Deadly Brown County flood and a warning that came too late

Could flood deaths have been prevented? (VIDEO)
(Photo: Jody Barr/FOX19 NOW)
(Photo: Jody Barr/FOX19 NOW)
(Photo: Jody Barr/FOX19 NOW)
(Photo: Jody Barr/FOX19 NOW)
(Photo: Jody Barr/FOX19 NOW)
(Photo: Jody Barr/FOX19 NOW)

BROWN COUNTY, OH (FOX19) - On July 18, Victoria Kennard tucked her children in and went to bed and not a d rop of rain had fallen on her Ripley Road home. Kennard lived along the Red Oak Creek, a creek that flooded twice in the last 55 years.

Kennard did not know the third flood would be the one that would rip her family apart.

At 11: 30 p.m., Kennard and her fiancé, Tony Barrios, woke to the sound of water slamming against their doublewide. Barrios gathered life jackets for his four children as Kennard called 911.

Brown County 911 dispatch records show Kennard's call was answered at 11:32 p.m. Kennard had always stuttered when she was nervous, her brother told FOX19 NOW, and the 911 recording showed that.

In the call, Kennard tried to tell dispatchers what's happening to her home and asked to get help to her and her children. "We're stuck--with kids in the trailer. The flood is up," Kennard tells the dispatcher.

"We tried to get out in time, but it came up too fast."

A couple of minutes into the call, Barrios is heard in the background, yelling for help, "We've got four kids! Somebody please hurry up!"

"We have four kids in the house and I'm pregnant," Kennard tells the dispatcher. "Okay, ma'am, we're trying—we're going to get people out to you, okay," the dispatcher said.

"Okay," is Kennard's final word on the recording. It's at that moment, Barrios told FOX19 NOW, the Red Oak Creek ripped their home apart, killing Kennard, her five year old daughter Rose and her seven year old son Gabe.     

It took 34 minutes for Brown County dispatchers to tone out help to Ripley Road, the 911 call records obtained by FOX19 NOW show. We asked the county for all of the flooding calls that night. The county sent us 1,142 calls.

"We were far beyond our reaches," Brown County 911 Director Beth Nevel told FOX19 NOW, "Everyone was talking on the phone. There was a high level of energy in the room. There was organized chaos."

Dispatch records show Nevel got called in to work 63 minutes after the first 911 caller reported flooding in Georgetown. Nevel is heard on the recordings telling dispatchers she was leaving home and driving straight in to the dispatch center.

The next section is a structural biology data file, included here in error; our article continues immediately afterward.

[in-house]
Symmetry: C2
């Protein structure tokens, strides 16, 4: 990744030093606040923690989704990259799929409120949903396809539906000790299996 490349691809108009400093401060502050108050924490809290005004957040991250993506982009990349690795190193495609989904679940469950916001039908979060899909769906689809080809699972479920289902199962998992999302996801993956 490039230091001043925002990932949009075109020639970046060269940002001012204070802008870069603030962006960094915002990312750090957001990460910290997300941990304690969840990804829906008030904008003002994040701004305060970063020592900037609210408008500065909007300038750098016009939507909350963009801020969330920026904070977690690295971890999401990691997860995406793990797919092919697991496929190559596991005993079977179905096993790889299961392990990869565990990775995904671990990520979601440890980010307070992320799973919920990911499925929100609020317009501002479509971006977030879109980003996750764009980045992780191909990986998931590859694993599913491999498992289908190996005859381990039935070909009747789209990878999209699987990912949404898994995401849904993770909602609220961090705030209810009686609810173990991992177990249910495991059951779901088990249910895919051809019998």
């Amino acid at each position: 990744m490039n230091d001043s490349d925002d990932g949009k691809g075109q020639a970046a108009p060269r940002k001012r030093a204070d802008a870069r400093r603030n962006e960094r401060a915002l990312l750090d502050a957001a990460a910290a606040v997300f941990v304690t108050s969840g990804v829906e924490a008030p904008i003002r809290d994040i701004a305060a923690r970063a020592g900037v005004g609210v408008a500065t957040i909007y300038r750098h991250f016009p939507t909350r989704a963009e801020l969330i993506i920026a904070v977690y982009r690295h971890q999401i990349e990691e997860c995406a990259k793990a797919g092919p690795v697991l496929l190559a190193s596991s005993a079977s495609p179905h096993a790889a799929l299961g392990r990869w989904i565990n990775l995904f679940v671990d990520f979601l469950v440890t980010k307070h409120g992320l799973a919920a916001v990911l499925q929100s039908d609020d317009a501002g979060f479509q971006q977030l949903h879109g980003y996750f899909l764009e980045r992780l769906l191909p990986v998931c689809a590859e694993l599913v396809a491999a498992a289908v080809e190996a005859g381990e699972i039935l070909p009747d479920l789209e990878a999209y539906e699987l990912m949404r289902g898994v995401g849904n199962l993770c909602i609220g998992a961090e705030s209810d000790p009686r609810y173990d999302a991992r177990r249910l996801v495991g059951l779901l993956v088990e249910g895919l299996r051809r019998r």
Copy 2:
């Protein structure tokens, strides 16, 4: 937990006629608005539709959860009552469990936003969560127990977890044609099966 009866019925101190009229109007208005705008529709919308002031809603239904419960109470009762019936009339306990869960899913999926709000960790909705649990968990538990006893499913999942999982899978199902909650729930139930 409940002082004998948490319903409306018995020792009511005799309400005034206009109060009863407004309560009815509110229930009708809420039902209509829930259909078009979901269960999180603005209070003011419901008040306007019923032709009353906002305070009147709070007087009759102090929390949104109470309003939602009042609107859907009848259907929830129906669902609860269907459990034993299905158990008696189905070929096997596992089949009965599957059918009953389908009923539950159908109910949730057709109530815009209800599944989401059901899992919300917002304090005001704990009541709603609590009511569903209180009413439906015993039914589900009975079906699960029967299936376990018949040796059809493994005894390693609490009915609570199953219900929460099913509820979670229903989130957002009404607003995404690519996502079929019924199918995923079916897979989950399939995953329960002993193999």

A typical Saturday night in the summer, Brown County dispatchers field less than 10 calls an hour, Nevel said. But, on July 18, call volumes climbed to 800 percent of normal capacity, Nevel told FOX19 NOW.

The Kennard call came in at 11:32 p.m. Dispatchers sent an emergency signal to Ripley Fire and EMS units at 12:06 a.m., the county records show. By the time Ripley units knew about the trouble, his entire family had already been swept more than a mile down the Red Oak Creek.

"It was the same type of call that was going on and we had even more imminent life threats going on at the same time," Nevel said. "I truly don't think something was missed, I think it was the volume of calls that we had."

The recordings show dispatchers were sending downtown Georgetown fire and rescue units to Highway 125 at the Georgetown Hill at 10:41 p.m. There were reports that up to six cars were stuck on the hill and were being washed away by the White Oak Creek.

Fire crews spent nearly an hour there working to save the people inside those cars.

The records show dispatchers were fielding calls from multiple people in Georgetown, reporting flooding into basements and yards. None of the calls were life threatening, according to the people making the calls.

The dispatch recordings show a man was being washed away in a pickup truck along Baker Hanselman Road as the rainfall pushed the Straight Creek out of its banks. That call came in to dispatch three minutes after the Kennard call from Ripley. Dispatchers spent several minutes on the phone with that caller, working to gather information from him and to direct rescue crews to him.